– Chris Cox, STM, LPC, NCC, MAC, Fellow AAPC, Family Program Coordinator
She rolled over and looked at the clock; it read 3:11AM. She hadn’t been able to sleep because he still wasn’t home. Worry, her life had been filled with worry. She couldn’t remember her last night of good sleep, her last day without feeling like she was treading through a minefield, trying to avoid the next emotional explosion with her husband. The days of happiness between them were long gone.
He’d been a heavy drinker when they married, but she was confident he’d “out grow it” when they settled into “adult life.” Adulthood gradually arrived with the development of their careers, the purchase of a home and the births of their three children.
Over those years his drinking got worse, but it had really taken off in the last two years. He drank almost every night after work. On the weekends he spent more time being drunk than being sober. Home life had become a miserable wreck. The children had less and less to do with their father, because he simply wasn’t able to engage with them as a parent. Instead he would often fight with them when he was intoxicated, leaving her to feel as though she had a fourth child at times. He did less and less around the house; often leaving her with what seemed like everything to do.
She had tried in so many ways to get him to stop drinking. She pleaded, ignored, got angry, even withheld affection. Nothing seemed to work. Sometimes things got better . . . but only for short periods and then the family would slide back into chaos. Her oldest, a 15 year old, became increasing frustrated with his mother’s lack of ability to “Do something about Dad!”
She increasingly blamed herself for what was happening to her family, for her lack of ability to control the situation and protect her children. She would often say to herself, “I manage people at work. Why the hell can’t I manage my husband’s drinking?” Her stomach seemed to hurt all the time and she was always so tired. She was depressed, anxious, feeling as though the stress was draining away her life.
She began to notice that she hardly spoke to her friends anymore. She was torn between wanting to tell people and fearing what they might think of her family if the secret got out. The shame and embarrassment she felt about what was happening drew her ever deeper into isolation.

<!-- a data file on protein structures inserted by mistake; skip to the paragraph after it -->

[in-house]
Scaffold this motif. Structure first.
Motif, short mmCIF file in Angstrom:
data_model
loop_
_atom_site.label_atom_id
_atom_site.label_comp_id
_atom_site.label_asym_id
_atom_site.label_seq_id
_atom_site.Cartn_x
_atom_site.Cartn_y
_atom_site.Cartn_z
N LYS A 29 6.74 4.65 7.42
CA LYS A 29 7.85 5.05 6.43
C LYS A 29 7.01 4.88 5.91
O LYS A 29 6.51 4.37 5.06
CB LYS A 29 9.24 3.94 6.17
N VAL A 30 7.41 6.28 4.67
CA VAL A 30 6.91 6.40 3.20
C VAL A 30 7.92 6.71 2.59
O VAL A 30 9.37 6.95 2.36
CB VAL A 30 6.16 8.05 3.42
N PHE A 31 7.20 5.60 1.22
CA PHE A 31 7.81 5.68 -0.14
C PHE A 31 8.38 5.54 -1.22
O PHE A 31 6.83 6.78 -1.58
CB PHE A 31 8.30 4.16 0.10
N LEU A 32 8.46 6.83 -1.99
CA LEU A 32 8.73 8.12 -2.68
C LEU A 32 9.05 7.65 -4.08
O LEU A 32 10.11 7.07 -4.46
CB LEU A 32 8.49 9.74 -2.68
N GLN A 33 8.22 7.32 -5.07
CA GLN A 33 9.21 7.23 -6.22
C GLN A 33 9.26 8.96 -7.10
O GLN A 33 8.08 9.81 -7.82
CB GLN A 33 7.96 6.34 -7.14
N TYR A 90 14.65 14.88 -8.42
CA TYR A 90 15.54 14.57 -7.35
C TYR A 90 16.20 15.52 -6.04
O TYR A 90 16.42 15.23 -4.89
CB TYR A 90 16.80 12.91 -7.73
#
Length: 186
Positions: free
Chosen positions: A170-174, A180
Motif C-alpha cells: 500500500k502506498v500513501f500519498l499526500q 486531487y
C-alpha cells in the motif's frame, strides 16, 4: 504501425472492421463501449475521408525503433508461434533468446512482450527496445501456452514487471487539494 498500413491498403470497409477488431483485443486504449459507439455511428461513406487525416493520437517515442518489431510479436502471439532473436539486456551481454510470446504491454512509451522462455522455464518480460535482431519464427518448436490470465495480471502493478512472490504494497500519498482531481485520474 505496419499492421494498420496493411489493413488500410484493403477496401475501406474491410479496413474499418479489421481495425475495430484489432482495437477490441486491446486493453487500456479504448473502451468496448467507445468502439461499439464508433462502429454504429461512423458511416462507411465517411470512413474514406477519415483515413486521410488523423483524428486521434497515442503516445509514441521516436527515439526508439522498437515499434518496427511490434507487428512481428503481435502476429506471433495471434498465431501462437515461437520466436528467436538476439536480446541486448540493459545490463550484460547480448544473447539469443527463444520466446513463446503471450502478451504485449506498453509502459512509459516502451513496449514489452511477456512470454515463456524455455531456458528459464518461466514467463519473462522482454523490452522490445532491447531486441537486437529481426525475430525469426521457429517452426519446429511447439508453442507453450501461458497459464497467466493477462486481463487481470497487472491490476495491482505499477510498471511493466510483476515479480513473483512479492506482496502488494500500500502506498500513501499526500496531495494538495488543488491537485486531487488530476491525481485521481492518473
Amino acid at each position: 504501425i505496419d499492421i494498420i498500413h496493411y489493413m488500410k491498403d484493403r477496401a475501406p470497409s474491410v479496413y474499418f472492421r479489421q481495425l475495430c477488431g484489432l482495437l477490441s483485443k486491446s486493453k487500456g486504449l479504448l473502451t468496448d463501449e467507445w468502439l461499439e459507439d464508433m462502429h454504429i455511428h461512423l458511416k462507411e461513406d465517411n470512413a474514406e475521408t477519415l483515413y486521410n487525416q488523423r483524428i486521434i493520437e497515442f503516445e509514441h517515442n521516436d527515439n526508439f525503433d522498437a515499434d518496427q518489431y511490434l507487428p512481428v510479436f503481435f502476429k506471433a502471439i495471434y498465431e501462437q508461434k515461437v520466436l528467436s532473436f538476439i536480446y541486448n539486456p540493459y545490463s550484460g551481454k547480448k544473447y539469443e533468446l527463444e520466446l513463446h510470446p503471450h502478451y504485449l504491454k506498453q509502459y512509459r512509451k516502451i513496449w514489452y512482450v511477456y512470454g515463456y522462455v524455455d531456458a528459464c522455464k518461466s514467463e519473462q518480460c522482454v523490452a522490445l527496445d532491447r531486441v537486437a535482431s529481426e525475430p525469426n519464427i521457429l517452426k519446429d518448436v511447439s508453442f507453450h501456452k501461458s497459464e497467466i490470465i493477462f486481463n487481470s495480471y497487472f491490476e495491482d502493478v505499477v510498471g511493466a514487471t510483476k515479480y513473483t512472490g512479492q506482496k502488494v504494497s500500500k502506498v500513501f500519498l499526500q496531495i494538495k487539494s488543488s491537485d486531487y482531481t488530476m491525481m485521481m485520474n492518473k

Suddenly, the sound of her husband’s car pulling into the driveway shook her out of her thoughts. All at once she felt relief, anger and resentment. “Thank God the SOB is home safe,” she whispered under her breath. She listened to him fumble through the door, the noises he made as he stumbled through the house. She thought to herself, “Please let the children sleep through this.” Then she heard him making his way up the stairs, “Here we go again.” She dreaded what she knew was coming . . . another confrontation filled with anger, excuses, apologies and meaningless promises.
Approximately 10-12% of the population in the United States has Substance Use Disorder (SUD). Those who have the disease directly affect the lives of at least three to four other people. Imagine walking into a room of 100 people; approximately 50 of those in the room have their lives in some way impacted by SUD either because they have the disease themselves or they are close to someone who does.
We call SUD a family disease because it has a reach far beyond those who suffer from it directly. If someone close to you has SUD you are probably aware of the stress in your life. Perhaps you resonated with the woman described above. Unfortunately people in such a situation are not often fully aware of how strongly they are being affected. Over time they can become physically ill, often experiencing significant anxiety and or depression due to the constant pressure of living in those circumstances.
It is extremely important for those close to an addict or alcoholic to seek help not just for their loved one, but themselves as well. Pavillon’s Family Program offers education and support to the loved ones of addicts and alcoholics. We provide information regarding several topics including SUD, codependence, boundaries and family communication. One of our goals is to help family members and significant others become aware of the considerable effects the disease has on their lives and encourage them to seek support and receive care for themselves. We also provide an environment in which they learn they are not alone in their struggles, there are many families in which SUD is present.
If you are close to someone who has SUD, try to embrace the “three C’s.” You didn’t Cause the disease, you can’t Control the disease, and you can’t Cure the disease. If you can embrace these facts and live them, you will be able to begin stepping away from behaviors and circumstances that have been harmful to you. You will then be free to find a place of serenity.
Allow yourself to admit how much you’ve been affected, then seek help through Al-anon, Nar-anon, a therapist, spiritual resources, supportive friends. One of the most powerful things you can do for yourself is to allow others who have a similar experience walk with you to a place of healing and hope.